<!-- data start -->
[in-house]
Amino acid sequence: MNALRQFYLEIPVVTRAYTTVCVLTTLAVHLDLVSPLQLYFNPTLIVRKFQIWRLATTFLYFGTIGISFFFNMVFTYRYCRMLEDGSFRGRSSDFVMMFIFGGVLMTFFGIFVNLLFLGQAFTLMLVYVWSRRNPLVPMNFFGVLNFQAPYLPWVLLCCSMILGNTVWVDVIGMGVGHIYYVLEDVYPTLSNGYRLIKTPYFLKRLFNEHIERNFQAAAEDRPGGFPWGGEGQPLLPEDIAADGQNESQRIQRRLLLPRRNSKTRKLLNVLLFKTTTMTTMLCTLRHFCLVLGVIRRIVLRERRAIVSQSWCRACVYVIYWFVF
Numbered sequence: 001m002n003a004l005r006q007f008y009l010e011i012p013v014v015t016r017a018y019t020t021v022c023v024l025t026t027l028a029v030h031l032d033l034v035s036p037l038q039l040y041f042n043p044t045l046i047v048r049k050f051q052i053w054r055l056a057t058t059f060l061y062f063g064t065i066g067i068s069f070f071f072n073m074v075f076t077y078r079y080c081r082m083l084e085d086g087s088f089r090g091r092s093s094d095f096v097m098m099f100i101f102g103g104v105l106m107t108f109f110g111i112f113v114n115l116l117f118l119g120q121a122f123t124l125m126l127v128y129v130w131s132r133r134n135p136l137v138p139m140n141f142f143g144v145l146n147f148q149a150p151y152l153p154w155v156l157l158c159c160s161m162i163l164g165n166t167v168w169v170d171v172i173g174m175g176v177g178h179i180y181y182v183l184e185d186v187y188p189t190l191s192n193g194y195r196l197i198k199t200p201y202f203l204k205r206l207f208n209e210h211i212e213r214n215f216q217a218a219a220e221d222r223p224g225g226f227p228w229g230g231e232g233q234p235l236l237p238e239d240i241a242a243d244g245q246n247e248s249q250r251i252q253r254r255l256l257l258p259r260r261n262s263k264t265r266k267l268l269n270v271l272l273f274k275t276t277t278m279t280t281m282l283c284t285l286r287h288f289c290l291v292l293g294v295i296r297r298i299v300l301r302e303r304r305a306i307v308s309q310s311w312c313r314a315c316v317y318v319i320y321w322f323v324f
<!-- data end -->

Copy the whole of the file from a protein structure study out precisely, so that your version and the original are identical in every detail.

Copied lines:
[in-house]
Amino acid sequence: MNALRQFYLEIPVVTRAYTTVCVLTTLAVHLDLVSPLQLYFNPTLIVRKFQIWRLATTFLYFGTIGISFFFNMVFTYRYCRMLEDGSFRGRSSDFVMMFIFGGVLMTFFGIFVNLLFLGQAFTLMLVYVWSRRNPLVPMNFFGVLNFQAPYLPWVLLCCSMILGNTVWVDVIGMGVGHIYYVLEDVYPTLSNGYRLIKTPYFLKRLFNEHIERNFQAAAEDRPGGFPWGGEGQPLLPEDIAADGQNESQRIQRRLLLPRRNSKTRKLLNVLLFKTTTMTTMLCTLRHFCLVLGVIRRIVLRERRAIVSQSWCRACVYVIYWFVF
Numbered sequence: 001m002n003a004l005r006q007f008y009l010e011i012p013v014v015t016r017a018y019t020t021v022c023v024l025t026t027l028a029v030h031l032d033l034v035s036p037l038q039l040y041f042n043p044t045l046i047v048r049k050f051q052i053w054r055l056a057t058t059f060l061y062f063g064t065i066g067i068s069f070f071f072n073m074v075f076t077y078r079y080c081r082m083l084e085d086g087s088f089r090g091r092s093s094d095f096v097m098m099f100i101f102g103g104v105l106m107t108f109f110g111i112f113v114n115l116l117f118l119g120q121a122f123t124l125m126l127v128y129v130w131s132r133r134n135p136l137v138p139m140n141f142f143g144v145l146n147f148q149a150p151y152l153p154w155v156l157l158c159c160s161m162i163l164g165n166t167v168w169v170d171v172i173g174m175g176v177g178h179i180y181y182v183l184e185d186v187y188p189t190l191s192n193g194y195r196l197i198k199t200p201y202f203l204k205r206l207f208n209e210h211i212e213r214n215f216q217a218a219a220e221d222r223p224g225g226f227p228w229g230g231e232g233q234p235l236l237p238e239d240i241a242a243d244g245q246n247e248s249q250r251i252q253r254r255l256l257l258p259r260r261n262s263k264t265r266k267l268l269n270v271l272l273f274k275t276t277t278m279t280t281m282l283c284t285l286r287h288f289c290l291v292l293g294v295i296r297r298i299v300l301r302e303r304r305a306i307v308s309q310s311w312c313r314a315c316v317y318v319i320y321w322f323v324f